A cloud hung over the Seattle Metropolitan Chamber of Commerce’s 135th meeting on an otherwise unseasonably sunny Thursday in Seattle — a cloud by the name of Amazon.
Nearly every speaker, including new Seattle Mayor Tim Burgess, addressed Amazon’s plans to establish a second corporate headquarters outside its hometown, and the tune was universally conciliatory.
We caught up with Burgess to discuss Seattle’s plans to respond to Amazon’s request for proposals before he took the stage.
“This is a real opportunity,” he said in an interview with GeekWire. “It’s a little wake-up call that allows us to have a more unified regional approach to economic stability and growth, regardless of what Amazon decides going forward. We’ll take this as an opportunity to focus on that regional response.”
The news that Amazon is planning to establish a second “fully equal” headquarters for up to 50,000 employees came as a shock to lawmakers and business leaders in its hometown.
“Who knew a month ago that two letters and a number, HQ2, would be on the lips of every executive and mayor and dog catcher on the continent? It’s remarkable,” said King County Executive Dow Constantine on stage at the event. “Amazon’s announcement was a call to action to do our best work, a reminder that we need to close ranks, and put aside parochial interests and small thinking and do what’s right for workers and employers across our region and our state.”
Seattle Chamber CEO Maud Daudon echoed Constantine’s sentiments in her remarks.
“I was really sad to see so many, in the days following the announcement, saying, ‘We’ve had enough. Let’s take a breather. Let them move on.’ I can’t tell you how differently I feel about that,” she said. “This announcement should serve as a wakeup call for this city. We can’t take our prosperity for granted.”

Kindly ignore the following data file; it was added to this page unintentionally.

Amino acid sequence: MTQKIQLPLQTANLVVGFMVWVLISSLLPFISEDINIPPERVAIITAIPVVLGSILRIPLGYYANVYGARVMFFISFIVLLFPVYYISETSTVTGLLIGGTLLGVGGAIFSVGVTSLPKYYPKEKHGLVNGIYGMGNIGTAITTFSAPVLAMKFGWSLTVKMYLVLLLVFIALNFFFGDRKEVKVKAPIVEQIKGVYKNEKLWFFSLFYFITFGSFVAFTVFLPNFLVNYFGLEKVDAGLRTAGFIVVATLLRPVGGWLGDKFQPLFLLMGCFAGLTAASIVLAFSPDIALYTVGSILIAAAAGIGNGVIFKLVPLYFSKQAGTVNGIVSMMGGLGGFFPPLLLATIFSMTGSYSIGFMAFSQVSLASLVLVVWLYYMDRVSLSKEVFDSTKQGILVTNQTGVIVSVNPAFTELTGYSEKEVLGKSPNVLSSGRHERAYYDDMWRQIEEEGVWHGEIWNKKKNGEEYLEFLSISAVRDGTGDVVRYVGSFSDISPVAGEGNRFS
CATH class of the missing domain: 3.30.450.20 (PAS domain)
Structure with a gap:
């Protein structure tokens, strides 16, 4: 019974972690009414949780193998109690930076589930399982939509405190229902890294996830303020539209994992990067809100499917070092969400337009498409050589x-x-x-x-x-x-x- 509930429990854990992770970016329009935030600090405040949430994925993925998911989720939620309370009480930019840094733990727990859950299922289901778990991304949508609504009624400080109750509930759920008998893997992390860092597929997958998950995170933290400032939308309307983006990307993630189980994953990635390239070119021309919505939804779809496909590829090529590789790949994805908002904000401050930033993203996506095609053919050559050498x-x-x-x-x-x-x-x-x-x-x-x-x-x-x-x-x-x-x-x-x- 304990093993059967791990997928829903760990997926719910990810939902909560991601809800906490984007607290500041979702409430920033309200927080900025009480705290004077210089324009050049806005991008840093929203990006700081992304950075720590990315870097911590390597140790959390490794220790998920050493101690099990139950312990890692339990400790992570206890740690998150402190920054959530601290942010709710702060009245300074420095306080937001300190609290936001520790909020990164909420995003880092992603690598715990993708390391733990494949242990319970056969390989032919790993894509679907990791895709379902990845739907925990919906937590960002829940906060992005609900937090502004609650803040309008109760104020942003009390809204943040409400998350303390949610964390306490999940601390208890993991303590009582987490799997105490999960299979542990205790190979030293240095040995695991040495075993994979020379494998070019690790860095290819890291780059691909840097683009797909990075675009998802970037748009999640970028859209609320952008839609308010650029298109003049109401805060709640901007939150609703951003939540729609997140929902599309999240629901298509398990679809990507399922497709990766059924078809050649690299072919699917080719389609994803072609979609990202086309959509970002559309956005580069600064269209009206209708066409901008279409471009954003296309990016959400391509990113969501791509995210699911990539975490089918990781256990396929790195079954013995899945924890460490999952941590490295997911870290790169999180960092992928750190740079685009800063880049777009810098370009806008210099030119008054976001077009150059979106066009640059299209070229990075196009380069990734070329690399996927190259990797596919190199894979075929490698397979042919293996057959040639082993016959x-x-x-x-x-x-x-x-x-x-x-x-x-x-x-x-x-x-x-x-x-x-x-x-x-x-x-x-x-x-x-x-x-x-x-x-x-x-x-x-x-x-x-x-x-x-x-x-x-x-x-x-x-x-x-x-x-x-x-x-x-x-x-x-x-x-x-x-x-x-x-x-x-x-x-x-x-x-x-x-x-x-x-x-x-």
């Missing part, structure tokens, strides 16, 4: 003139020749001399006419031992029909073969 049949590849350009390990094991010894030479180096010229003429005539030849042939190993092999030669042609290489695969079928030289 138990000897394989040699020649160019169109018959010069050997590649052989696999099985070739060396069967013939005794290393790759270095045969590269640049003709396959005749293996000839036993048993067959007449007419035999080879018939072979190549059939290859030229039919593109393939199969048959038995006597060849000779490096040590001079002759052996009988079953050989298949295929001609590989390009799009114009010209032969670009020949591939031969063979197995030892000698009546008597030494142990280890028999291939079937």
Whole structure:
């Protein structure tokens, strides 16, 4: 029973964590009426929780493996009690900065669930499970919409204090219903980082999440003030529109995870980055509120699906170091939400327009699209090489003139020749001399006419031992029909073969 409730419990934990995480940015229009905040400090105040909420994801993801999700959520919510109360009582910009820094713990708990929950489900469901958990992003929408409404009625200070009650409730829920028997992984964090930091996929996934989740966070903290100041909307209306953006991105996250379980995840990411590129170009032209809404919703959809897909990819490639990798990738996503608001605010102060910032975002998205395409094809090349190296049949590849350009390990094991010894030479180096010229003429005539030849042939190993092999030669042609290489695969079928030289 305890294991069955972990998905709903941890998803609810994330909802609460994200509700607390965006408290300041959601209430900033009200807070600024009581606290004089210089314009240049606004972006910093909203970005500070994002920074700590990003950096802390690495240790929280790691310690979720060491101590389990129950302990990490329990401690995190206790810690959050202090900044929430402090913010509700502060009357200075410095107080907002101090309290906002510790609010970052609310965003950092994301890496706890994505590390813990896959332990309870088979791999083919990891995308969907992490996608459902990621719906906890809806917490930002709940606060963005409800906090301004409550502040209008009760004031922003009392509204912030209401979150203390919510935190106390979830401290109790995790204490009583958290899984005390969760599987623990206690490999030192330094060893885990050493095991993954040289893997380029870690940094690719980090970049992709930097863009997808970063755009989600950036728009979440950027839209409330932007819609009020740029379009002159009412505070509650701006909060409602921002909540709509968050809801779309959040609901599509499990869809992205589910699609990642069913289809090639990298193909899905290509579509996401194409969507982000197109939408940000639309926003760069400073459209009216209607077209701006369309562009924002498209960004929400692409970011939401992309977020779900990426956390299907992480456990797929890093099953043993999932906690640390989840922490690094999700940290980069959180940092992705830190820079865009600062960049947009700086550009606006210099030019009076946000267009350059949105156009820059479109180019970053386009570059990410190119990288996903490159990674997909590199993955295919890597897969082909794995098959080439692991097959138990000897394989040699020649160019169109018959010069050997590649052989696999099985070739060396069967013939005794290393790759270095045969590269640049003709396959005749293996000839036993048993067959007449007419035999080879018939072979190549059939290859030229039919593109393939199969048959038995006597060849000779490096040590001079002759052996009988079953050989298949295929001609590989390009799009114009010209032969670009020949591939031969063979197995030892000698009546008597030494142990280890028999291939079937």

Of course, Daudon is representing Seattle’s business community which is sometimes at odds with the rest of the city. As GeekWire’s Kurt Schlosser notes, Amazon’s relationship with Seattle is complicated for a reason.
Still, Seattle is participating in a regional response to Amazon’s RFP, which could include a proposed site in the city proper or one of its neighboring communities. We asked Burgess whether the Seattle effort is symbolic or a realistic play to keep the facility in Amazon’s backyard.
“I can’t read their minds so I don’t know that but we are going to make a concerted effort to persuade them that this region is a good region for them,” he said. “If they choose Bellevue or Tacoma or Everett or even Spokane, Seattle still wins and our region remains strong. That’s going to be our focus, how do we make sure that Amazon not only realizes that this is a great region for them but that they’re willing to stay and we’ll make our best shot.”
As far as Daudon is concerned, “there’s no place like home to build HQ2,” but she added,” win or lose on HQ2, we are committed to having an incredibly growing and thriving HQ1 so let’s do that, minimally.”
The Seattle Chamber is working with Seattle and King County to scout locations to propose for Amazon’s second headquarters. The e-commerce giant is looking for a facility that can eventually accommodate 8 million square feet of office space.
The likelihood of Amazon choosing to double its presence in Seattle seems low given the high-profile and public request for proposals. But even if Seattle doesn’t win, responding to the RFP could help the city repair its fraught relationship with Amazon.
“It’s really important that city government make it very clear that we respect, admire, and welcome employers,” Burgess said. “We want to create jobs in our city and it’s very important that we stay closely aligned to our business community so that we’re strategically headed in the right direction.”